"POC days" - Polyhedra and Combinatorial Optimization

Every two years the French research group "POC" Polyhedra and Combinatorial Optimization" organizes a workshop in France: the "POC days", called JPOC.

For 2021, this workshop will be organized using visio and some of the talks will be given in English.
This webpage will gather (and translate) the information about the English talks of POC days.
To see the website of the Poc days (in French): JPOC12

Click here for the visio link using zoom for the two day.

POC days: June 24 et 25 juin 2021

JPOC Schedule

   Two days POC schedule (some talks are in French)

   Booklet of abstracts

Invited speakers and videos of the talks

Amitabh Basu (Johns Hopkins University, USA) - Thursday June 24 at 14h00 in France (12h00 GMT)

See the video

Concrete complexity bounds for optimizing over integers

We discuss the complexity of the two main ingredients in integer optimization algorithms: cutting planes and branch-and-bound. We prove upper and lower bounds on the efficiency of these algorithms, when efficiency is measured in terms of complexity of the LPs that are solved. More precisely, we focus on the sparsity of the LPs and the number of LPs as measures of complexity. We also give general conditions under which combining branching and cutting into a branch-and-cut algorithm can do exponentially better than pure cutting planes or pure branch-and-bound. Time permitting, some connections to mathematical logic and proof complexity will be discussed.

Ricardo Fukasawa (University of Waterloo, Canada) - Friday June 25 at 16h30 in France (14h30 GMT)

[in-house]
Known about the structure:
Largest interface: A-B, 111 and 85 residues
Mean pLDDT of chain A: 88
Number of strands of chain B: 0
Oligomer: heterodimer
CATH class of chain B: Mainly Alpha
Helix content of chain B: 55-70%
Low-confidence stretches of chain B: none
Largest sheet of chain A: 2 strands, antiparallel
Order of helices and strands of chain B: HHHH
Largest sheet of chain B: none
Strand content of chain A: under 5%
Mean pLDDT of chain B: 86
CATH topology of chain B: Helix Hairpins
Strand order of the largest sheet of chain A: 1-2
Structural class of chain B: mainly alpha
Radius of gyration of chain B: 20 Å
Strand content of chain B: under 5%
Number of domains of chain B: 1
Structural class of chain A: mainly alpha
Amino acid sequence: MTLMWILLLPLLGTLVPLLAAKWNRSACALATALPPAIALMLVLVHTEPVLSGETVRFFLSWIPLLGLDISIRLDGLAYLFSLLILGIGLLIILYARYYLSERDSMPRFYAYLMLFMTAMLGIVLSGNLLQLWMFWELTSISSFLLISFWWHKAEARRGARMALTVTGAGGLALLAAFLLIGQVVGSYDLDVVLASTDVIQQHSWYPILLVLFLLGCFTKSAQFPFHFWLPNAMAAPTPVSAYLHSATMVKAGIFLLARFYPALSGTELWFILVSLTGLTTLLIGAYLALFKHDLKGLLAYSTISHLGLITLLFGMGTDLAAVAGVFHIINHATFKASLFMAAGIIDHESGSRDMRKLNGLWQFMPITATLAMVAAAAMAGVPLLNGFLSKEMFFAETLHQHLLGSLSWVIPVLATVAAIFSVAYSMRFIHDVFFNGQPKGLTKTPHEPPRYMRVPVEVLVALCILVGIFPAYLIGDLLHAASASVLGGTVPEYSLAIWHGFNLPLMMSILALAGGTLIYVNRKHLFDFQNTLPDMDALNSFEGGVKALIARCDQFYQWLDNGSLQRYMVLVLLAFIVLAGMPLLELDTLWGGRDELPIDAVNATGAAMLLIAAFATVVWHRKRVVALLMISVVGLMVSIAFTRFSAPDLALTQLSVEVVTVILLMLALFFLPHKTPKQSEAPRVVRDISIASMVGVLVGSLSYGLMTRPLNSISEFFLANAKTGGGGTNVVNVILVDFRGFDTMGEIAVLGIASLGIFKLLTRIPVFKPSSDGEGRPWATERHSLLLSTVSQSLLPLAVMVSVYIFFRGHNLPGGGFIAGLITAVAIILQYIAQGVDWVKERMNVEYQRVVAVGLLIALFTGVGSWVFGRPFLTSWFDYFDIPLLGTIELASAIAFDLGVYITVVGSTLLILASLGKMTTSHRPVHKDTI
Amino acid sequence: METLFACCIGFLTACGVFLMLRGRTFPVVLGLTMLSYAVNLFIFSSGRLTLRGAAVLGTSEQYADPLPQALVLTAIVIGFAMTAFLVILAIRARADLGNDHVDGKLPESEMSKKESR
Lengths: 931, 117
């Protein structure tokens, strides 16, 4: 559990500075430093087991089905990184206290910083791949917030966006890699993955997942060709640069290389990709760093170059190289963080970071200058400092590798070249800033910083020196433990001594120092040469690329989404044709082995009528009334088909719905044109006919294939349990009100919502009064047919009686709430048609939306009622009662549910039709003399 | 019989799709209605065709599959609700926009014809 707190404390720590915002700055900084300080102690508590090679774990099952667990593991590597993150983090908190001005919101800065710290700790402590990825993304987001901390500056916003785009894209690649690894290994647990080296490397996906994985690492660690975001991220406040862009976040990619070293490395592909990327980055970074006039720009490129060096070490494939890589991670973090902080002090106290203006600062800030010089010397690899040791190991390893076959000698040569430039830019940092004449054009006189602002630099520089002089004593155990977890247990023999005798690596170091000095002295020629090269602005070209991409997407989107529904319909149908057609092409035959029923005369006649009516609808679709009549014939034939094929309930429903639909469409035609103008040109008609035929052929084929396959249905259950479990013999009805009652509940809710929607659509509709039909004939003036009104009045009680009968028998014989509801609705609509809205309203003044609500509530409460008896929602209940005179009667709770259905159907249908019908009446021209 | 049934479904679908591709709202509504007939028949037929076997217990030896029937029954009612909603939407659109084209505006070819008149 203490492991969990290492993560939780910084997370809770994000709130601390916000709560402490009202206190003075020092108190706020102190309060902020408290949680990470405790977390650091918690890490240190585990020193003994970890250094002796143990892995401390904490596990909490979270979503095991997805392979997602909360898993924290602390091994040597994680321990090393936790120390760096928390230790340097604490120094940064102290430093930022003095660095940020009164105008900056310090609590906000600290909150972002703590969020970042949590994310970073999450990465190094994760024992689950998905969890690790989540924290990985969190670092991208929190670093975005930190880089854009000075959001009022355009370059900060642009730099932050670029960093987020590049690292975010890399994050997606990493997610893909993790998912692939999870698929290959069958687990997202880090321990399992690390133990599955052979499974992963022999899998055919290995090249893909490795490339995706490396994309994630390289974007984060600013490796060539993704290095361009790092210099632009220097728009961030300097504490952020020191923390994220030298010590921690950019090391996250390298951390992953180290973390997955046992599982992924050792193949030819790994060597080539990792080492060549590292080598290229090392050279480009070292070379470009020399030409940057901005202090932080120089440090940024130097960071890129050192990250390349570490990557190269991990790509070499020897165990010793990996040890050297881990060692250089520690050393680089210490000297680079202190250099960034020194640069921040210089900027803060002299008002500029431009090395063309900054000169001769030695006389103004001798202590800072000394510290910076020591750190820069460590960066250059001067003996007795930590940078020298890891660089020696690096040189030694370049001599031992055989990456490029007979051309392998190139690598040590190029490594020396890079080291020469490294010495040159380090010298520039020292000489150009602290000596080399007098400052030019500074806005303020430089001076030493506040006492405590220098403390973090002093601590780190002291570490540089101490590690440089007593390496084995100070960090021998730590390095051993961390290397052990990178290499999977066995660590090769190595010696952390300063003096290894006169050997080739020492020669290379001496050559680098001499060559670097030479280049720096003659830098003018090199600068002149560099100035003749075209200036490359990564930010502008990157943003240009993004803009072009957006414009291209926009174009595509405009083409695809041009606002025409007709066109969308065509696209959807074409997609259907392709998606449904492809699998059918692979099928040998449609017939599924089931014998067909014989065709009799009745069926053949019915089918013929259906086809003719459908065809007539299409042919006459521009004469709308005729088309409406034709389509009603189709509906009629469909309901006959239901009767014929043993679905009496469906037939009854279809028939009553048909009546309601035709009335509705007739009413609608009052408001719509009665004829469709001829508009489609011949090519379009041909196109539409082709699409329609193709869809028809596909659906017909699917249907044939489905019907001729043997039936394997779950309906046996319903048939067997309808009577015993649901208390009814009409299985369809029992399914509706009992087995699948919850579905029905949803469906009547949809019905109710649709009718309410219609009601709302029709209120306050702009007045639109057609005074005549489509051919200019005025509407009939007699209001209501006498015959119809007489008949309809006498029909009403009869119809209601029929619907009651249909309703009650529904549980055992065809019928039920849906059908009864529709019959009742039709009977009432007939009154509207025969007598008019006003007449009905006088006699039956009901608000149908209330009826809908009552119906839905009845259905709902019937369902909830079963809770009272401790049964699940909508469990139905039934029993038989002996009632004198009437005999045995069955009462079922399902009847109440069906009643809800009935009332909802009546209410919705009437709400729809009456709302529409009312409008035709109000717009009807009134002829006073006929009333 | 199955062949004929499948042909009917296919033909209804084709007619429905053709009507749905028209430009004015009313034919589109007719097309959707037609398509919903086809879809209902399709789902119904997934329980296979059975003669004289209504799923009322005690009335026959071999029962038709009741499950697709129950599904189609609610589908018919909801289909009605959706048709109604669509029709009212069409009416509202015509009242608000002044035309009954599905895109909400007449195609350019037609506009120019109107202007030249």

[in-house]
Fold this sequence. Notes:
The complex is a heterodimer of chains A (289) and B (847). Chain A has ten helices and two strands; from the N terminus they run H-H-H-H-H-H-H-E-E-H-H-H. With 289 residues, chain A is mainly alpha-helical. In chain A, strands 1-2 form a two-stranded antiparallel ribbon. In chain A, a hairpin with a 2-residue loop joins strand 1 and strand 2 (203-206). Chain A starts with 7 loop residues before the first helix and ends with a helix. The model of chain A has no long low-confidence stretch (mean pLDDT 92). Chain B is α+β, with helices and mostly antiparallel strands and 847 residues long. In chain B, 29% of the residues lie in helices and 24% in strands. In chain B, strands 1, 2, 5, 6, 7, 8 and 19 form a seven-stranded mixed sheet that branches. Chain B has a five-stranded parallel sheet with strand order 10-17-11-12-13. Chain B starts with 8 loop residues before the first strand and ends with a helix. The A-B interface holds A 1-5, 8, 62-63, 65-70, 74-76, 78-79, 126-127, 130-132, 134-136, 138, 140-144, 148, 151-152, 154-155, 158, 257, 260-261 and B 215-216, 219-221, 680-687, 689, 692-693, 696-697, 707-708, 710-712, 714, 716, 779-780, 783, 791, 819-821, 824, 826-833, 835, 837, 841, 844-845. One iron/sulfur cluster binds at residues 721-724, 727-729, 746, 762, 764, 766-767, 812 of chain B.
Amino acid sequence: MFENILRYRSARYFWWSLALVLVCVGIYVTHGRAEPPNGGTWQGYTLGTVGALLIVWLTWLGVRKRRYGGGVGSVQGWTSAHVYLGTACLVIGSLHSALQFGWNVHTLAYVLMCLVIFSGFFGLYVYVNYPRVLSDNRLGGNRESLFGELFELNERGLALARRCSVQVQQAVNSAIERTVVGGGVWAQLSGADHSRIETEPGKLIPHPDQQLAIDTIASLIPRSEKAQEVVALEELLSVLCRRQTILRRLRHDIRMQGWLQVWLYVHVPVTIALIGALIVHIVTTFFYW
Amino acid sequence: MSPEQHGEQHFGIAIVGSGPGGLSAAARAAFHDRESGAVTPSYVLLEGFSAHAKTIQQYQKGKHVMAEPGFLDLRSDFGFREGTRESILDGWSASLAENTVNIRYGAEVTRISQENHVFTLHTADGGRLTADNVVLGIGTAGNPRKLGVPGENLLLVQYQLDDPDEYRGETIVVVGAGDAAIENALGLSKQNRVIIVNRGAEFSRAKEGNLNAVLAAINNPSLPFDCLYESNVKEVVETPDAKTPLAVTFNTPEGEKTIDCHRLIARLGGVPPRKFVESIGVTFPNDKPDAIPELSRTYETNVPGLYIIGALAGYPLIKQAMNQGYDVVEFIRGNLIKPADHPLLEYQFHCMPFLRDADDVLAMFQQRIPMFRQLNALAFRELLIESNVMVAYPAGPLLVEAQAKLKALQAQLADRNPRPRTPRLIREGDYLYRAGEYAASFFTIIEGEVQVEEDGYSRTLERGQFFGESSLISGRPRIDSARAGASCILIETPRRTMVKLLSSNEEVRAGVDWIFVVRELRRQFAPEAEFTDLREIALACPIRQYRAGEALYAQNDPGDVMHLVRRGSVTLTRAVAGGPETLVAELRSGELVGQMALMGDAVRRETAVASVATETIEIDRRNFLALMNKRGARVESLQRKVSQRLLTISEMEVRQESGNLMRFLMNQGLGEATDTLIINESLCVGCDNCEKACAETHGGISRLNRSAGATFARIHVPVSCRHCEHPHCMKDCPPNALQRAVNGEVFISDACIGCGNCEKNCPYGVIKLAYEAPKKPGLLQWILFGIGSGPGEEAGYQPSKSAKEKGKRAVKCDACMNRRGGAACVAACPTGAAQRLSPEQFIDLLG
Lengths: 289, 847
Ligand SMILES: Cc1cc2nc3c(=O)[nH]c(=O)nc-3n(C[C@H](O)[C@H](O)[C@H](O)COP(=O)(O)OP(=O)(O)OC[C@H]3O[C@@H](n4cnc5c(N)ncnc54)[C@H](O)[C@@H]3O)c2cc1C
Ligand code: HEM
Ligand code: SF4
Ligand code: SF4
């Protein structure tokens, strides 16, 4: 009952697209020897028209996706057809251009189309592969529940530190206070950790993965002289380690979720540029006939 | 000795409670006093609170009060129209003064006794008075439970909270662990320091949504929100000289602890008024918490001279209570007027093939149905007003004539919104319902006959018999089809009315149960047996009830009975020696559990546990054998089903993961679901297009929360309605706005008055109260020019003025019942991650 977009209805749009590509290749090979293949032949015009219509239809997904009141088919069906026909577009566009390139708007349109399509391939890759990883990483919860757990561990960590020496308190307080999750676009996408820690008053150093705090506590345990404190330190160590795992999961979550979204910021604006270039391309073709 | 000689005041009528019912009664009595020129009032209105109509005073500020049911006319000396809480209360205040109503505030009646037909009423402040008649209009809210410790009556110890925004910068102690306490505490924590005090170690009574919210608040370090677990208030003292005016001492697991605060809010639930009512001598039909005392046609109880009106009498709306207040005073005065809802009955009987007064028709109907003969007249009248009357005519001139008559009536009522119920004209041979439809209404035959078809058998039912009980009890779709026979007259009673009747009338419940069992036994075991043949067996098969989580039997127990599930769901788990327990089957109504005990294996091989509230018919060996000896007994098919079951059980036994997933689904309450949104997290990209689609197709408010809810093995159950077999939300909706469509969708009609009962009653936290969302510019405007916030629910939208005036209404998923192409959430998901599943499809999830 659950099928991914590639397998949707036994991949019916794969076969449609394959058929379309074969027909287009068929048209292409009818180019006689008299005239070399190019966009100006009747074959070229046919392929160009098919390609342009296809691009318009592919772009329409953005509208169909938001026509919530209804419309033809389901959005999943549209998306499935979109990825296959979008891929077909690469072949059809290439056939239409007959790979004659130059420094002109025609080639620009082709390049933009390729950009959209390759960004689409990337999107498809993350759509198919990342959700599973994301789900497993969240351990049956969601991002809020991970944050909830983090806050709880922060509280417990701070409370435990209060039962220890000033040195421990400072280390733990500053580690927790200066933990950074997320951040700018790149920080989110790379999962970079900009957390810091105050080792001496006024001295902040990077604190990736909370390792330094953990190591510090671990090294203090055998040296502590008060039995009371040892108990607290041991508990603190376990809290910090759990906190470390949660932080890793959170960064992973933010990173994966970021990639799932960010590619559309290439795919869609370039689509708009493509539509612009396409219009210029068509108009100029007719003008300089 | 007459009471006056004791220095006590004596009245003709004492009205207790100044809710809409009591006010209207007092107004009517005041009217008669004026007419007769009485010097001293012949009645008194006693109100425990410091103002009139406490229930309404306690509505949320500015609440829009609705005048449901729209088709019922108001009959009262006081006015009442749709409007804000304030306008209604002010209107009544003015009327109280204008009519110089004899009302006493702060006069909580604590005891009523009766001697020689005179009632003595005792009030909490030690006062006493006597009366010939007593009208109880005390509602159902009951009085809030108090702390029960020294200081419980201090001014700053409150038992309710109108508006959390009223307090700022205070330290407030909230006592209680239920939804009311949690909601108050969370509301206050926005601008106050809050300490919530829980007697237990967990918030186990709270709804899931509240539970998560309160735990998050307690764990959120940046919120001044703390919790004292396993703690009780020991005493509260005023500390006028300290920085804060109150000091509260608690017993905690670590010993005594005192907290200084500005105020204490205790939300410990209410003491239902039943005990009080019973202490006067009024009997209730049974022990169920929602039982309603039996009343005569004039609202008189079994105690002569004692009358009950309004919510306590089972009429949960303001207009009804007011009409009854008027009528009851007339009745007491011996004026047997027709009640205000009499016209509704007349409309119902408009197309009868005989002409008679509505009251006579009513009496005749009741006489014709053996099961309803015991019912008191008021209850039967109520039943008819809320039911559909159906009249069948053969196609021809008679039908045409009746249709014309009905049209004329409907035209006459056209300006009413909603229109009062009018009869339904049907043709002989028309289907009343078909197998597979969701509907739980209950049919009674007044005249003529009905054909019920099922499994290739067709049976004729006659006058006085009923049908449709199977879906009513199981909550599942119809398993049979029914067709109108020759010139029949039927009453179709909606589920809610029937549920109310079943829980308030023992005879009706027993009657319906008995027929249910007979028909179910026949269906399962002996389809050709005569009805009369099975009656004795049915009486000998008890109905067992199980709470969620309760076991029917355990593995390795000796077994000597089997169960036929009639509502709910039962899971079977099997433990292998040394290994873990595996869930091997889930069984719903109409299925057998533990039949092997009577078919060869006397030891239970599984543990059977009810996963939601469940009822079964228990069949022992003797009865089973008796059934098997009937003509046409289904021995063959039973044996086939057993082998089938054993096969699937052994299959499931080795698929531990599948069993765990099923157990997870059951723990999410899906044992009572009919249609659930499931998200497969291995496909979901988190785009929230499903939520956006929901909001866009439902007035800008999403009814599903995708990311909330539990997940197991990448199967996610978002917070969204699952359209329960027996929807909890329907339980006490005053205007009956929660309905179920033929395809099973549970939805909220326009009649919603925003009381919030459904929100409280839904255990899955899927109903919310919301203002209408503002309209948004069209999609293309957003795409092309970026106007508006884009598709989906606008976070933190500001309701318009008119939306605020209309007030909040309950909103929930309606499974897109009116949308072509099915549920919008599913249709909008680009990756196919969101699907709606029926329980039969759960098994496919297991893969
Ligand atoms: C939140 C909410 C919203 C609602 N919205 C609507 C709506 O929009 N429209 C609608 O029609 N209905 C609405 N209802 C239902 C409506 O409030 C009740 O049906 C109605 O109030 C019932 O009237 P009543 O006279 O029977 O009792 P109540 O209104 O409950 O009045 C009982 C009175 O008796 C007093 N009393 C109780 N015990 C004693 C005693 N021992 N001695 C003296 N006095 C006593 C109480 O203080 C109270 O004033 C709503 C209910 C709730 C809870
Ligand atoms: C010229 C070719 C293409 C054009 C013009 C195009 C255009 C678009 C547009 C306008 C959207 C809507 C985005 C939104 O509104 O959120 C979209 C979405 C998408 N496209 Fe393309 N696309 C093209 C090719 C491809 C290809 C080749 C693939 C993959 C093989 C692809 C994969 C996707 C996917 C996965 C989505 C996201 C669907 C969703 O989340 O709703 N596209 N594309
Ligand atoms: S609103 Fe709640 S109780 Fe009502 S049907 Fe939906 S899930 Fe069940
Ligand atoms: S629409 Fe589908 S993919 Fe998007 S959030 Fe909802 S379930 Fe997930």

See the video

IP formulations for vehicle routing with stochastic demands

The deterministic vehicle routing problem consists on finding the cheapest set of routes to serve a set of customers, each with a fixed demand, subject to respecting capacity constraints on each route. In the stochastic variant, demands are considered random variables. Most approaches for such problems assume independence of such random variables. We discuss progress in formulating the problem as an integer program without such assumptions.

Maya Jakobine Stein (Universidad de Chile, Chili) - Thursday June 24 at 16h30 in France (14h30 GMT)

See the video

Minimum degrees and tree subgraphs

This talk is a survey of the history and recent developments on questions related to tree subgraphs of graphs having large minimum degree. The starting point is the following easy observation: Any graph of minimum degree at least k contains any trees on k+1 vertices as a subgraph. This can be shown by just greedily embedding the tree in a connected way. Several attempts have been made to relax the conditions in different ways. For instance, it is possible to drop the minimum degree condition to 2k/3 if a maximum degree condition is imposed at the same time, or if certain other conditions on the host graph, or on the tree are added. We will also consider recent extensions of this type of question to directed graphs and hypergraphs.

Laura Sanita (TU Eindhoven, Netherlands)  - Friday June 25 at 14h00 in France (12h00 GMT)

See the video

On the diameter and the circuit-diameter of polytopes

The diameter of a polytope P is the maximum length of a shortest path between a pair of vertices of P, when one is allowed to walk on the edges (1-dimensional faces) of P. Despite decades of studies, it is still not known whether the diameter of a d-dimensional polytope with n facets can be bounded by a polynomial function of n and d. This is a fundamental open question in discrete mathematics, motivated by the (still unknown) existence of a polynomial pivot rule for the Simplex method for solving Linear Programs. A generalized notion of diameter, recently introduced in the literature, is that of circuit-diameter, defined as the maximum length of a shortest path between two vertices of P, where the path can use all edge directions (called circuits) that can arise by translating some of the facets of P. In this talk, I will discuss some algorithmic and complexity results related to the diameter and the circuit-diameter of polytopes, highlighting important open questions.